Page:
But people enjoyed themselves and the most constant question in the final session was when we could meet again – and for longer, so that we could get to know each other better and talk in more depth. Interestingly, it was the staff who were sometimes uneasy in the group discussions – either becoming ‘questioners’ or wanting to prove their own points, rather than really listening to and learning from the experience and hopes of others.
‘Does it change anything, achieve anything?’
This question from a delegate found many echoes as people went back to their hospitals or hostels. For one delegate, it was ‘no good speaking to staff, people say you’re nosey, that’s the answer you’ll get’. For another, ‘very few staff speak to you like you’re speaking to me, people don’t want to listen’. With delegates coming from so many different places, any sort of sustained follow-up was almost impossible.
Nevertheless, CMH was strengthened in its conviction that the participation of recipients is an essential element in the provision of services – and an obligation on service-providers. Any one of them could, for instance, set up groups in hospital wards and hostels, workshops and day centres, in which people could voice concerns and work together for improvements. This was the challenge we were left with. (Listen, Ann Shearer, 1973)
In that same year, CMH held a residential workshop, again at Castle Priory, to look more deeply at how ‘participation’ might work in practice. All but two of the delegates with learning difficulties had been to either one or both the previous conferences. Staff came from hospitals, hostels and training centres; others were social workers. The mixture of group discussion and shared activities was as before and again there was no distinction between providers and receivers of service.
Two things emerged clearly from the discussions. The first was that participation can be very challenging for staff, some of whom were defensive and cynical - and even perhaps resentful, because many commented that they themselves were not consulted about the services in which they worked.
The second was that real participation and working together starts with choice in the small details of everyday life. For one of the group leaders the best session was the one where the group planned a club for people with learning difficulties. Here the staff members changed from being cynical to getting really caught up in the problems of coping with local authorities and their regulations, and details like the colour of walls. The other group members were realistic about the limitations of budgets and showed great ingenuity in decorating and furnishing. ‘There was real sharing here'. (A Workshop on Participation, Paul Williams,1974)
Building on experience
CMH continued to explore how participation could work in practice. For its next event, the following year, The Kings Fund Centre, itself very involved in improving services to people with learning difficulties, gave financial and other help and again Castle Priory provided its generous weekend hospitality. A research team from the University of Surrey were also involved, and the weekend was video-taped so that the proceedings might be used for teaching in future.
This time, there were two preparatory meetings. The first was for about 20 senior staff, to discuss the principle of participation, learn from CMH’s experience and begin to shape the residential weekend. At the second, about 20 people with learning difficulties met with some of those staff to plan the weekend in more detail. The weekend itself was for 35-40 people who had been to this meeting and preferably staff who had been to both. In the event, 44 people came to Castle Priory, of whom 24 had learning difficulties and had nearly all been at the second meeting. Interestingly, some senior staff who came to the first meeting had not persevered, feeling that subsequent meetings would be of ‘more value’ for those who actually worked directly in services.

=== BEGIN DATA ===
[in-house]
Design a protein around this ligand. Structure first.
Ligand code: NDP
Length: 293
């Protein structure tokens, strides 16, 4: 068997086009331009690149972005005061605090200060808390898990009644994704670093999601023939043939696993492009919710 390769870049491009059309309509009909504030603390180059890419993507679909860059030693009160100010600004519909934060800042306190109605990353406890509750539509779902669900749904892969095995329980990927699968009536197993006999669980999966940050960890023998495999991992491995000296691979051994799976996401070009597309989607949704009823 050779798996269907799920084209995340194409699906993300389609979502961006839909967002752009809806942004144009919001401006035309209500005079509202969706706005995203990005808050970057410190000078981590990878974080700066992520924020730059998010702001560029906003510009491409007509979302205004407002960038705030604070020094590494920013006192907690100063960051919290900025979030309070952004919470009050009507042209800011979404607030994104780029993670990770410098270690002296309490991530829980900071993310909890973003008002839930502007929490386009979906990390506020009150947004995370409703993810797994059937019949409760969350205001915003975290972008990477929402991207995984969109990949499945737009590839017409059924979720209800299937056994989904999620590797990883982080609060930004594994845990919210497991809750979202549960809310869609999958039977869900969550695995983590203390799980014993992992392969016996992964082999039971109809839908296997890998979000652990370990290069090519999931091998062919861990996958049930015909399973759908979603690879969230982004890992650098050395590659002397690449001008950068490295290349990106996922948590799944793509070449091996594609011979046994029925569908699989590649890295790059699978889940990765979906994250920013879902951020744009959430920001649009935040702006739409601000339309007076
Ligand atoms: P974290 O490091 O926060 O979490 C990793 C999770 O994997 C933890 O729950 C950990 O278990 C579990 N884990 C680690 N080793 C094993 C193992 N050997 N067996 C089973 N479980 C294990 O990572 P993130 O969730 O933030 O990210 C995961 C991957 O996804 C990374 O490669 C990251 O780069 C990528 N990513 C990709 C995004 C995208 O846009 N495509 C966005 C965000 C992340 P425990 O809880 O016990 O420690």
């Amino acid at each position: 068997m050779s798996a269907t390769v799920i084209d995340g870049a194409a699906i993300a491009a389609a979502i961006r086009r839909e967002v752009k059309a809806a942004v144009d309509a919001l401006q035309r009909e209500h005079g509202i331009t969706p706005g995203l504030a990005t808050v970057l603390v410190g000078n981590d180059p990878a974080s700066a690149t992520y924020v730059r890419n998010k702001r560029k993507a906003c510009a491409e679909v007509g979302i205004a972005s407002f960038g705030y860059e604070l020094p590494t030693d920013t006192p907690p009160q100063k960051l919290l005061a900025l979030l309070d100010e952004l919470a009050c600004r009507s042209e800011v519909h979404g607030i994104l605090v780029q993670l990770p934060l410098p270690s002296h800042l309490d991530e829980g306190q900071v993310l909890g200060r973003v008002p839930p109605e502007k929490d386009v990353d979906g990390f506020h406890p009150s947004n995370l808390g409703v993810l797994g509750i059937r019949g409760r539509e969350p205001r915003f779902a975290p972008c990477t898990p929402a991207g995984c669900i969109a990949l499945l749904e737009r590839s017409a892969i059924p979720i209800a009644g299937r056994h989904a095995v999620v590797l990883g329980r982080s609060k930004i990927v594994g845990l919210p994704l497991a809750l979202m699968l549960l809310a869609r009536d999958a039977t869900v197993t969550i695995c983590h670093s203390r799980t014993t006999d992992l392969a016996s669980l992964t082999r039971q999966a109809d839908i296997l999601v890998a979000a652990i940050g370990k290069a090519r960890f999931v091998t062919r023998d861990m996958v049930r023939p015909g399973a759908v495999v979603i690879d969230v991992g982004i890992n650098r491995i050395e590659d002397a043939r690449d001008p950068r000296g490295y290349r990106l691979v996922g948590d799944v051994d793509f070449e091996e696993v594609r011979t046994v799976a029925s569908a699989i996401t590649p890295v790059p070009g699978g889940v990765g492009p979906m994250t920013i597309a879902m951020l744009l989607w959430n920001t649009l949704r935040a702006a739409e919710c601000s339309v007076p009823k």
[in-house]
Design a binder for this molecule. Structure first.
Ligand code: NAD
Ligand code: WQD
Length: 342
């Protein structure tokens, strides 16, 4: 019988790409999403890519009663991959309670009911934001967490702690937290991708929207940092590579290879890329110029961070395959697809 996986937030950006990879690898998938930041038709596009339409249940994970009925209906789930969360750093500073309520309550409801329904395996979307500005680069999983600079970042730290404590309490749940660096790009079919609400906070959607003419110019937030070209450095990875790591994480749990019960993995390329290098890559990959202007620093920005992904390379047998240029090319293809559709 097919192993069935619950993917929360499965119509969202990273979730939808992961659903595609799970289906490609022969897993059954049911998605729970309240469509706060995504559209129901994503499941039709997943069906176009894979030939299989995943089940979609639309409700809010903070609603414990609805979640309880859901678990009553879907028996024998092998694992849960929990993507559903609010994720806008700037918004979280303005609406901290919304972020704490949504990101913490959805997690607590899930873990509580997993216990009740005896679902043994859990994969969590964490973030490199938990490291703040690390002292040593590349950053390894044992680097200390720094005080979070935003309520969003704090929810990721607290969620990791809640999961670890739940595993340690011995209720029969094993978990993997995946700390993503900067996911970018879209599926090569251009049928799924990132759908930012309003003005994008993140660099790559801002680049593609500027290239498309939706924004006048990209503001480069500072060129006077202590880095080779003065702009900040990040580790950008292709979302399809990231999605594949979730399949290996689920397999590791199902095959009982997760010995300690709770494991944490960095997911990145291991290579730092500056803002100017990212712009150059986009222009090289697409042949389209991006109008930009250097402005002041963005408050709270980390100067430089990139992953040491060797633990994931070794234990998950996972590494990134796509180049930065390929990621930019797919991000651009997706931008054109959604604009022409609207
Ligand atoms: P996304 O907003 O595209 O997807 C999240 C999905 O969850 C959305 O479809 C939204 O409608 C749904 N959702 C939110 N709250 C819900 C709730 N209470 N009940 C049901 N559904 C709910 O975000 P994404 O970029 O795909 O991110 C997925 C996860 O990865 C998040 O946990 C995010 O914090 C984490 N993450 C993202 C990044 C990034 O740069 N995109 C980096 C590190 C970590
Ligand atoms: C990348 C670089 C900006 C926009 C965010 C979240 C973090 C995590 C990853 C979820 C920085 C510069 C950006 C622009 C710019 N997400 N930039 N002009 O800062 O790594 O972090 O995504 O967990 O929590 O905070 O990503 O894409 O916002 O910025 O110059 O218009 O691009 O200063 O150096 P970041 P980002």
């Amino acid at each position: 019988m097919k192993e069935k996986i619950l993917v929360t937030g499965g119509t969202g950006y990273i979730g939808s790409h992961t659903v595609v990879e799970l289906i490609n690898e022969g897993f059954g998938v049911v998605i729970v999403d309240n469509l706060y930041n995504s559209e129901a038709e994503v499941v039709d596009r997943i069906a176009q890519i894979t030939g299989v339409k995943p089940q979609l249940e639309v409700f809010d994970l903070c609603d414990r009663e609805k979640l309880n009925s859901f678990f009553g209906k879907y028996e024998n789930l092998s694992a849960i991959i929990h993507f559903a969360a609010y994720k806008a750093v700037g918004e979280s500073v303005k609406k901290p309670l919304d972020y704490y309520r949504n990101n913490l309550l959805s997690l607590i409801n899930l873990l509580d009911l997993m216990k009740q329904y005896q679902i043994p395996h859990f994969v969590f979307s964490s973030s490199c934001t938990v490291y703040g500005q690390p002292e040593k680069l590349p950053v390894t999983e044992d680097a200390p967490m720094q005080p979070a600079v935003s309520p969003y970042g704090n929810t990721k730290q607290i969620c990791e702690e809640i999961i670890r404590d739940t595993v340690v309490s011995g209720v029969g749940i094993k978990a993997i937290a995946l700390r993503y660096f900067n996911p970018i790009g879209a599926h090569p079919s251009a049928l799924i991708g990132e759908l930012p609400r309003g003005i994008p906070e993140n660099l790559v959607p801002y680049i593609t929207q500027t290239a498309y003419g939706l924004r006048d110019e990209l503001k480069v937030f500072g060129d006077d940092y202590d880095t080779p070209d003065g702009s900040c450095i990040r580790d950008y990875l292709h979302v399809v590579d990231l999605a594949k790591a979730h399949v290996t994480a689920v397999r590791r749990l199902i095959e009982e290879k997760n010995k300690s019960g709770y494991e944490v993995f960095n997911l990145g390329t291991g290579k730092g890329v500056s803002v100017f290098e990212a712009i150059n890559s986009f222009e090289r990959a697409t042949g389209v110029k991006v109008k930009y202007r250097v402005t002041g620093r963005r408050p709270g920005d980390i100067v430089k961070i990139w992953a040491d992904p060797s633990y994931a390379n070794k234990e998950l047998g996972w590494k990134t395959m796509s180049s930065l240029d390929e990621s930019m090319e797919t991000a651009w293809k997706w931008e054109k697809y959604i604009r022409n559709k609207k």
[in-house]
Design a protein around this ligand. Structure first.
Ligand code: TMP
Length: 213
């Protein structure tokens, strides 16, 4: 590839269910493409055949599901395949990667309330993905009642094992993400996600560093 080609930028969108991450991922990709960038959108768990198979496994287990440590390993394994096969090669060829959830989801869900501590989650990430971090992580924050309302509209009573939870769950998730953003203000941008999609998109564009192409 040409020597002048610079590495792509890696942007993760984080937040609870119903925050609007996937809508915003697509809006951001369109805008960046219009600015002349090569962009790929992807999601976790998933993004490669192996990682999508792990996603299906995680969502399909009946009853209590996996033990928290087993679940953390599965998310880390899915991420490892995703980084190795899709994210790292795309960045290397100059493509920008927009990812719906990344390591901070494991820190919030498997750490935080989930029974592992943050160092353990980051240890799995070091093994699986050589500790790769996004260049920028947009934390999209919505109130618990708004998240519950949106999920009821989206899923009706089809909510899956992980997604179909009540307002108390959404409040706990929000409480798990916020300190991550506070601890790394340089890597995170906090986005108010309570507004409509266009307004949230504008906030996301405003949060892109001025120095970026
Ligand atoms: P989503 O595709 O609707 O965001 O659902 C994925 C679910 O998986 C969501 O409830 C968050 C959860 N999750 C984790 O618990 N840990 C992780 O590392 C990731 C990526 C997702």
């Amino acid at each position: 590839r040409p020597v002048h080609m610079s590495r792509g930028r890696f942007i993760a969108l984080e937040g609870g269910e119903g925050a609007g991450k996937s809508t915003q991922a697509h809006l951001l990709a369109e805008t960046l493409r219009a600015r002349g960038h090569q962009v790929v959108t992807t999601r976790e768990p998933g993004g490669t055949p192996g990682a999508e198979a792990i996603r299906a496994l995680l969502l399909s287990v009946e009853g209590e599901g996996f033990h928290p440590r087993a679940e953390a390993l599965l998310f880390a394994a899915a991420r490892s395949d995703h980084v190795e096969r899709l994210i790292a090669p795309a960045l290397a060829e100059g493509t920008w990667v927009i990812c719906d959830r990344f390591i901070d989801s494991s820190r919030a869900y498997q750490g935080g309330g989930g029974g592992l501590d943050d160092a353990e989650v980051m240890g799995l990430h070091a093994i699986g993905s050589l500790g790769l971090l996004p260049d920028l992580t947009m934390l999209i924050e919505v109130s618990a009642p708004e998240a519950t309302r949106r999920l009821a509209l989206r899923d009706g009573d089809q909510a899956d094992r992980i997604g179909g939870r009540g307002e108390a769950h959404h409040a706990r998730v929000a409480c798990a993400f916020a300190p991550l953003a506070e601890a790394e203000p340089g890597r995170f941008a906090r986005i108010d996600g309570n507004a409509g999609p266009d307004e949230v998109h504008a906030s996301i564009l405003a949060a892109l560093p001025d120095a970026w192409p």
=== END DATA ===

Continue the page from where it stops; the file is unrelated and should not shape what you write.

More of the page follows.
Again, the weekend was much enjoyed, though as CMH concludes in its report, events such as this cannot suddenly alter the approach of organisations. But each participant can benefit and try to convey their experience to encourage others. And each event can be publicised through reports to spread the word more widely and make a small contribution to a climate of change. (Participation with Mentally Handicapped People, Tim Gauntlet and Paul Williams, 1974, gives a detailed account of how conferences might be organised as well as some theoretical discussion).
Although I continued to be involved with CMH until about 1985, and also with L’Arche, which takes living together as equals as its starting point, I was not involved in the developing self-advocacy movement, although others in CMH were. So there’s not much I can add.
These conferences and CMH’s other work with staff may not seem to amount to much. But remember when they happened! In those days people were still surprised that people with learning difficulties could speak at all, let alone have such ‘normal’ ideas and hopes. We got a great deal of publicity – particularly for Our Life and Listen and I think this added to the groundswell for reform. After all, who could deny such basic aspirations? I think people were somewhat shamed to hear that that is exactly what had been happening for decades.
You ask whether I was changed by self-advocacy. If that in its widest sense means did I learn from those we call ‘learning disabled’, then certainly I did. I learned to listen more closely and patiently to what people, not always as articulate as myself, are trying to convey.
I have been strengthened in my conviction that only a society that meets the needs of its most vulnerable citizens can claim to be ‘civilised’. I have been reminded by the modesty and realism of the aspirations of people with learning difficulties to be more grateful for all I have myself.
Above all, perhaps, I have been awed by the strength of the human spirit, which can survive the deprivations of life in environments like long-stay hospital wards with humour, optimism and courage to explore other ways. Our CMH experiments in participation taught me to respect and take comfort from this human spirit in others whose life experiences may have been so different from my own.
The publisher is the Centre for Welfare Reform.
Awed by the Human Spirit © Ann Shearer 2021.
All Rights Reserved. No part of this paper may be reproduced in any form without permission from the publisher except for the quotation of brief passages in reviews.